The Senate Bill Enacting An Online Sales Tax
Congress is currently moving forward with a Senate bill that could place sales taxes on buyers who place orders for items housed out of state. This proposed law applies to e-commerce sites, and the main goal of this online sales tax is to generate revenue for cash-strapped state governments in jurisdictions where online retailers are headquartered. The bill has its opponents among online retail giants such as eBay, and it also has supporters among the President and a number of state government officials.
Only online retailers that gross more than $1 million per year in sales will be subject to this online sales tax. Shoppers at large online retailers such as Amazon will see slightly higher bills for each order they place, and the tax will also apply to brick-and-mortar retailers who sell items online. A few of these vendors include Best Buy, Target, Wal-Mart and many others.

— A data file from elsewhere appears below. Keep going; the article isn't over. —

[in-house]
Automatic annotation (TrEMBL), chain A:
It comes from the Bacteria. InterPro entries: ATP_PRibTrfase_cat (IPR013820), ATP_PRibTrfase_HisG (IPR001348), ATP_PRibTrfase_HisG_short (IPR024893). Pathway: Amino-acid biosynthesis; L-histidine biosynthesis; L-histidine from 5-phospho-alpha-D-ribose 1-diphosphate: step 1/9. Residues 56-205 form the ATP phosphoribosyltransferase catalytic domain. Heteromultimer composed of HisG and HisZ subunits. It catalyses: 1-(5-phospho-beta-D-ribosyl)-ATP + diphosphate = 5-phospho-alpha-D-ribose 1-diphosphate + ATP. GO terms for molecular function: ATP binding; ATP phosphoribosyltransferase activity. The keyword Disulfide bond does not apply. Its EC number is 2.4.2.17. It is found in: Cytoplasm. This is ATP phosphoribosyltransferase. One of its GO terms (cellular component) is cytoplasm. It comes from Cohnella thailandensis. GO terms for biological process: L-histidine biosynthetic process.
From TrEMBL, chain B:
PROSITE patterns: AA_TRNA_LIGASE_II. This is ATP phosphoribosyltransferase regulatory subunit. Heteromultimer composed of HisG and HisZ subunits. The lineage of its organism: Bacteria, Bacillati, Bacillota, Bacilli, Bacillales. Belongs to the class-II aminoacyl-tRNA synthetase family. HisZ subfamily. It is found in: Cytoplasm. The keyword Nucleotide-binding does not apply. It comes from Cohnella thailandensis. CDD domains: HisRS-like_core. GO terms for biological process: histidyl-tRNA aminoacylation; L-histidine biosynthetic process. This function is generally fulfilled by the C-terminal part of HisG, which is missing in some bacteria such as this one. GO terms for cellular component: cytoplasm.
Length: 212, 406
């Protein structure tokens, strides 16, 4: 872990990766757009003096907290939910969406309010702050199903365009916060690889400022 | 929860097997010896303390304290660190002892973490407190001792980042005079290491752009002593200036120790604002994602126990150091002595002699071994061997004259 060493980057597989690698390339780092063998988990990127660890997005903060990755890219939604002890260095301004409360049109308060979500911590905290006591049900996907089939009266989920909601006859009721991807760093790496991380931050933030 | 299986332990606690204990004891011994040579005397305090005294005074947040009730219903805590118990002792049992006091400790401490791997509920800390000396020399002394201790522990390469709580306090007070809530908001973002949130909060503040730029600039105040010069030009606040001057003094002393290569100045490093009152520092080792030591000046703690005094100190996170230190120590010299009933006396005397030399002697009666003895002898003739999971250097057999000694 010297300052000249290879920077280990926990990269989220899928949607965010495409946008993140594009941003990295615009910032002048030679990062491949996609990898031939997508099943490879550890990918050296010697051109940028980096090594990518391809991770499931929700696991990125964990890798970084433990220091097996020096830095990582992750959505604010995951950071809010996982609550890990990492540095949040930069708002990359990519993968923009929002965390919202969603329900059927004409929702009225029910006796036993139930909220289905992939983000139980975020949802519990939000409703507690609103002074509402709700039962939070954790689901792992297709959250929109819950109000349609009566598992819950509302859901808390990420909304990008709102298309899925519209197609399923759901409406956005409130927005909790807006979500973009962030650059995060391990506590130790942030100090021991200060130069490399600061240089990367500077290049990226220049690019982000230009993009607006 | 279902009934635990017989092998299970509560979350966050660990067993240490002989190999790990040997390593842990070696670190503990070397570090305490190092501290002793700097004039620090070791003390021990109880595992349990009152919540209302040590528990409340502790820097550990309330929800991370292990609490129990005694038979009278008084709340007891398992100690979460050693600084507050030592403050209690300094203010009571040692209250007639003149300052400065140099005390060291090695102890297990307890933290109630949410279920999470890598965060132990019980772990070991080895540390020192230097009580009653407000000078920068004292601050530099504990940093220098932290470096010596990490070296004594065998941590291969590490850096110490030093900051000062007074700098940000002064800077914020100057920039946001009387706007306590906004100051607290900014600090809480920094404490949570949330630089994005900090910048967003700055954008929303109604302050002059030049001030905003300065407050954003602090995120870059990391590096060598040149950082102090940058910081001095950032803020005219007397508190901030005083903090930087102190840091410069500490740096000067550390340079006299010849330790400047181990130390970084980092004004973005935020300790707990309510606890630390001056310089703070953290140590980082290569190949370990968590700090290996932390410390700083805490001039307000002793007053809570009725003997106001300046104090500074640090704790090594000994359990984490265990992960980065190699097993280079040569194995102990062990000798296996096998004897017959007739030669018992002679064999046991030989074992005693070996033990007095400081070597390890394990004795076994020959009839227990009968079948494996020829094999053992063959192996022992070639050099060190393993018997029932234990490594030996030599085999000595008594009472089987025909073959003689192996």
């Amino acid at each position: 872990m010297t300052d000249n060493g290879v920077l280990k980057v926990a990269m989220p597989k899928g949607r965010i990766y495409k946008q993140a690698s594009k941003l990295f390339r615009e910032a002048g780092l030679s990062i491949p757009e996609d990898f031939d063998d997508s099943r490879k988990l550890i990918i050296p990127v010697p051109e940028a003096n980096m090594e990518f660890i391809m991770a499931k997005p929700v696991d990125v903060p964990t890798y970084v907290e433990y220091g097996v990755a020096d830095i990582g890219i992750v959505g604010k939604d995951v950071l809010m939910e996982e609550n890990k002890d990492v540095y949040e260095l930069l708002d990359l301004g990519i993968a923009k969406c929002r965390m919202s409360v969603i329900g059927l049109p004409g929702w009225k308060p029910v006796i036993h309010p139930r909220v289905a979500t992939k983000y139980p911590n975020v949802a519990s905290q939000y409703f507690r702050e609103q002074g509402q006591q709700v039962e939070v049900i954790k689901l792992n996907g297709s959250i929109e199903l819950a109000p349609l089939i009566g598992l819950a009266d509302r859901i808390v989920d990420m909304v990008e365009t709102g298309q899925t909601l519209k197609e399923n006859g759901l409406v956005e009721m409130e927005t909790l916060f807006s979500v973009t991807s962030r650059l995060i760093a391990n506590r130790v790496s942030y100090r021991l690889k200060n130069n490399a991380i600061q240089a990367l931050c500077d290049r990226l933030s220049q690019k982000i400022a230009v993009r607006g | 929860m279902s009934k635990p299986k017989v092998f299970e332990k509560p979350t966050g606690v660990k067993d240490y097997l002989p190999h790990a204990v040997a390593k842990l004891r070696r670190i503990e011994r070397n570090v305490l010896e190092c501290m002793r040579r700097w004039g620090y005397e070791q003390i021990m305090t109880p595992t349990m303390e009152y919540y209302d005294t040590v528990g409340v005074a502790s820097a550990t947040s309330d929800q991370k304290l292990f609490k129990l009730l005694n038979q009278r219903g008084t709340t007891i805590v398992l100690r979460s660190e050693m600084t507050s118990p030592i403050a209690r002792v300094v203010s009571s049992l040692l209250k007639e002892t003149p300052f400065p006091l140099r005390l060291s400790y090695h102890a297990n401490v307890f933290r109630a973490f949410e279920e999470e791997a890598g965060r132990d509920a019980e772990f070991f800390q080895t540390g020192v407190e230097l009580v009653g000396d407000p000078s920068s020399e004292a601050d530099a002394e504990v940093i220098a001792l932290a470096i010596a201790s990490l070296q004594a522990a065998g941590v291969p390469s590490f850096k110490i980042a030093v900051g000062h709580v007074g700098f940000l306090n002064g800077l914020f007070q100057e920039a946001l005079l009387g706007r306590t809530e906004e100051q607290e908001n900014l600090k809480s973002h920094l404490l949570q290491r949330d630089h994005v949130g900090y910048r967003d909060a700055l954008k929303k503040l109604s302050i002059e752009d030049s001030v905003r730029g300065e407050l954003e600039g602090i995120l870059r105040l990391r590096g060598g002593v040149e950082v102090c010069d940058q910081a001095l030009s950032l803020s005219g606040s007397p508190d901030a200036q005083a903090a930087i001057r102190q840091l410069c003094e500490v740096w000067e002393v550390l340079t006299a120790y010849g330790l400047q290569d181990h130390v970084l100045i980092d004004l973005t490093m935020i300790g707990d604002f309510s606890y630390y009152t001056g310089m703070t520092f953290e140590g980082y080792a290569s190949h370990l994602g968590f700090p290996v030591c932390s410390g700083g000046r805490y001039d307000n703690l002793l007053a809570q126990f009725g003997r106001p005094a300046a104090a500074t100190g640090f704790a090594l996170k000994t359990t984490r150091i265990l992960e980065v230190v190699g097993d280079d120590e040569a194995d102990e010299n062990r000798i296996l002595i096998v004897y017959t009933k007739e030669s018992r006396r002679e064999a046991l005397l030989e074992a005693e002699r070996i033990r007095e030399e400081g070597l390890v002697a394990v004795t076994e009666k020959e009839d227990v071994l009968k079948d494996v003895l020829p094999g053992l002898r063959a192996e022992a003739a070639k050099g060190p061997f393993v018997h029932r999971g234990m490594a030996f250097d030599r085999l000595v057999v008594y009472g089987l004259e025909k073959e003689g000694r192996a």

Proponents of this online sales tax Senate bill argue that it will level the commerce playing field for both physical store locations and online retailers. Some believe that online vendors have had an unfair competitive advantage of being free from such sales taxation until now. According to this viewpoint, having a set of laws that taxes both types of sellers equally is considered a fair rule of doing business in the digital age. Depending on the individual taxes rates in different geographic regions, some states could have an online sales tax of 7% per purchase while others could have one as high as 9%.
Implications Of Passing A Senate Bill Enacting An Online Sales Tax by Steven Patterson